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When Sheltering in Place Isn't Safe: How to Know You're in an Abusive Relationship

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Leslie Becker-Phelps, PhD - Blogs
By Leslie Becker-Phelps, PhDPsychologistApril 29, 2020
From the WebMD Archives

The COVID-19 pandemic has created an overwhelming sense of anxiety, fear, and feeling out of control for all of us. Many who struggle with feeling powerless try to regain control by exerting power on physical, sexual, or emotional levels. And this “power and control” is at the core of domestic abuse. While the current lockdown is intended to help people stay safe – it is unfortunately putting victims of domestic abuse in danger.

It is important to know that victims of abuse often struggle with their partner being perceived as a “great person.” They might see their partner as being great in so many ways, and yet still feel emotionally harmed by them. If you are in such a situation, it is essential for you to pay attention to your emotions. Something about how you are being treated is not acceptable – no matter how wonderful your partner may sometimes seem.

With this in mind, consider that there are many different forms of abuse:

Psychological and emotional abuse: An abusive person degrades and scares their partner in many ways. They might make disparaging remarks about their partner’s appearance or abilities, humiliate them, or keep them on the defensive by blaming them for the abusive behavior. During this pandemic, the abusive partner might use misinformation to scare the victim and prevent them from seeking help or medical attention.

Threats and intimidation: An abusive person aims to keep their partner afraid and anxious by looking, speaking, and acting in threatening ways. For instance, to keep the victim from leaving, they might threaten to cancel their health insurance. When abused people finally stand up for themselves and threaten to leave, their abusers sometimes threaten to kill themselves in a desperate attempt to maintain control.

Physical abuse: All intentional physical harm is abuse. This includes pinching, shoving, slapping, punching, hair-pulling, and choking. With fears of contracting COVID-19 so high, abusive partners may act out their fears. A National Domestic Violence Hotline advocate reported, “A health professional still living with their abuser called and said they were physically abused that night because their abuser was sure they were trying to infect them with COVID-19.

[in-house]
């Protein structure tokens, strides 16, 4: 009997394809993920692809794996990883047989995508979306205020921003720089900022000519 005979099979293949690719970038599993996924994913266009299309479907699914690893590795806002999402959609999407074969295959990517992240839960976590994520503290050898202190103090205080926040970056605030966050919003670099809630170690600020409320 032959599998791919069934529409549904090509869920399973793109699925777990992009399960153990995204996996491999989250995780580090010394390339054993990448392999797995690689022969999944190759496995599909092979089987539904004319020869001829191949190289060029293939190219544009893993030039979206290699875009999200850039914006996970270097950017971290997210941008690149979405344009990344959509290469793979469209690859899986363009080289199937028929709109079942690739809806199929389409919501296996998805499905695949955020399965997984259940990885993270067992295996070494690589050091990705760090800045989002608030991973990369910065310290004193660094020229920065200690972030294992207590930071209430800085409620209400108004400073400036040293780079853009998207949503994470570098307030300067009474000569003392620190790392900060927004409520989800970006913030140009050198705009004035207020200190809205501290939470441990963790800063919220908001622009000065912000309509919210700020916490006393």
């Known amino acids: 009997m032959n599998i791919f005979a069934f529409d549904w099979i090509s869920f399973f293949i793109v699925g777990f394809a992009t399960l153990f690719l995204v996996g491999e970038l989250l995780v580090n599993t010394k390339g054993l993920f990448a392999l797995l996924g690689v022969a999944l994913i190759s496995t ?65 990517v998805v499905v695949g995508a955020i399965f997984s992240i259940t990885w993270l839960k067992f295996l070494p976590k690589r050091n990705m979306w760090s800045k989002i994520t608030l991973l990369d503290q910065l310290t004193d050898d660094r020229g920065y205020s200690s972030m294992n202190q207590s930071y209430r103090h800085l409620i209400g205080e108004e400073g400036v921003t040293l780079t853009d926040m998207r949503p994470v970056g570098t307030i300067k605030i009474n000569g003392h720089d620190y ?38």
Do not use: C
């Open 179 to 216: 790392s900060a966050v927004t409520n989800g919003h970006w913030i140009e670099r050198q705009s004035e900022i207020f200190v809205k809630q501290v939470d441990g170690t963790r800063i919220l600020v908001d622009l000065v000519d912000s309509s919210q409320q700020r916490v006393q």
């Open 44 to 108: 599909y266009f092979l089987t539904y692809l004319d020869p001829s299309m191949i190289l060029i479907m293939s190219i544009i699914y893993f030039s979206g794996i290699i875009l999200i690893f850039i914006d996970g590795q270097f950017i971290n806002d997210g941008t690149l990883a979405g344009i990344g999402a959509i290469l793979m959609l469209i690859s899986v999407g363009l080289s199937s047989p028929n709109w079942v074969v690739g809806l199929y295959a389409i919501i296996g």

If you are in such a situation, it is important to understand that you are not to blame. Nothing justifies these behaviors. The abusers could have always chosen to act differently, such as walking away.

Sexual abuse: Just as with physical abuse, there is no excuse for sexual abuse. Even if you are married or living together, no one has the right to force sexual acts upon another person. When they do, it is abusive.

Isolation: Abusive people often limit and control their partner’s activities to alienate their partners from friends and family. This is made easier with lockdown orders, which include travel restrictions.

Economic abuse: Many abusive people control their partners through economic means. They will prevent their partner from getting a job and limit their access to money.

Using children: Many people stay in relationships because their partners control them with threats related to their children. In the current situation, an abusive partner might use threats about them infecting their children to keep them away from their kids.

If you can relate to any of the above areas, take measures to keep yourself safe. Reach out to friends, relatives, clergy, or your therapist (if you have one). The National Domestic Violence Hotline is always there to help you. CEO Katie Ray-Jones, has implored, “We encourage survivors to reach out to The Hotline, 1-800-799-7233 or chat online through our website, www.thehotline.org, or text "loveis" to 22522.” The staff who answer will talk with you about your situation and help you strategize ways to stay safe.

Even though you may feel scared, confused, or isolated, you are not alone – you just need to reach out for support and guidance.



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About the Author
Leslie Becker-Phelps, PhD

Dr. Becker-Phelps is a licensed psychologist in NJ and NY, and is on staff at Robert Wood Johnson University Hospital, Somerset. She is dedicated to helping people understand themselves and what they need to do to become emotionally and psychologically healthy. She accomplishes this through her work as a psychotherapist, speaker and writer. She is the author of Bouncing Back from Rejection and Insecure in Love.

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